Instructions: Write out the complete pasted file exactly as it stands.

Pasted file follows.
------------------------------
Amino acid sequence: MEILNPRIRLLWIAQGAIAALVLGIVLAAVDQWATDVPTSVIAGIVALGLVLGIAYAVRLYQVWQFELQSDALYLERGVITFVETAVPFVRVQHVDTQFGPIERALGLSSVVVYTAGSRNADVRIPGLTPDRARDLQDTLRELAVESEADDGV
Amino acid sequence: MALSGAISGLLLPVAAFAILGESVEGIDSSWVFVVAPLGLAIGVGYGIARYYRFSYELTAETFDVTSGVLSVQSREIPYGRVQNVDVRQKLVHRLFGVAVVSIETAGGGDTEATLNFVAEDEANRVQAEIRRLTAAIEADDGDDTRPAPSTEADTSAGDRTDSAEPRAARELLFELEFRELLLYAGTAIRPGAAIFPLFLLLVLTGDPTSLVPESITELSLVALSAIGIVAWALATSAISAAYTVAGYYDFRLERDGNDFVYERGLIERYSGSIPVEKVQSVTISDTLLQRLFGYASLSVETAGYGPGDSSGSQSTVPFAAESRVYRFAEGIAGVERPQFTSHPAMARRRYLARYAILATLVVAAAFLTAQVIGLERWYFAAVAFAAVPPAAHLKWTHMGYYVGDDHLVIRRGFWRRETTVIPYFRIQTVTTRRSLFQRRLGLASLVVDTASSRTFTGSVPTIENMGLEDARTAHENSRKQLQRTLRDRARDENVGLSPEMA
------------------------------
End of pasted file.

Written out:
Amino acid sequence: MEILNPRIRLLWIAQGAIAALVLGIVLAAVDQWATDVPTSVIAGIVALGLVLGIAYAVRLYQVWQFELQSDALYLERGVITFVETAVPFVRVQHVDTQFGPIERALGLSSVVVYTAGSRNADVRIPGLTPDRARDLQDTLRELAVESEADDGV
Amino acid sequence: MALSGAISGLLLPVAAFAILGESVEGIDSSWVFVVAPLGLAIGVGYGIARYYRFSYELTAETFDVTSGVLSVQSREIPYGRVQNVDVRQKLVHRLFGVAVVSIETAGGGDTEATLNFVAEDEANRVQAEIRRLTAAIEADDGDDTRPAPSTEADTSAGDRTDSAEPRAARELLFELEFRELLLYAGTAIRPGAAIFPLFLLLVLTGDPTSLVPESITELSLVALSAIGIVAWALATSAISAAYTVAGYYDFRLERDGNDFVYERGLIERYSGSIPVEKVQSVTISDTLLQRLFGYASLSVETAGYGPGDSSGSQSTVPFAAESRVYRFAEGIAGVERPQFTSHPAMARRRYLARYAILATLVVAAAFLTAQVIGLERWYFAAVAFAAVPPAAHLKWTHMGYYVGDDHLVIRRGFWRRETTVIPYFRIQTVTTRRSLFQRRLGLASLVVDTASSRTFTGSVPTIENMGLEDARTAHENSRKQLQRTLRDRARDENVGLSPEMA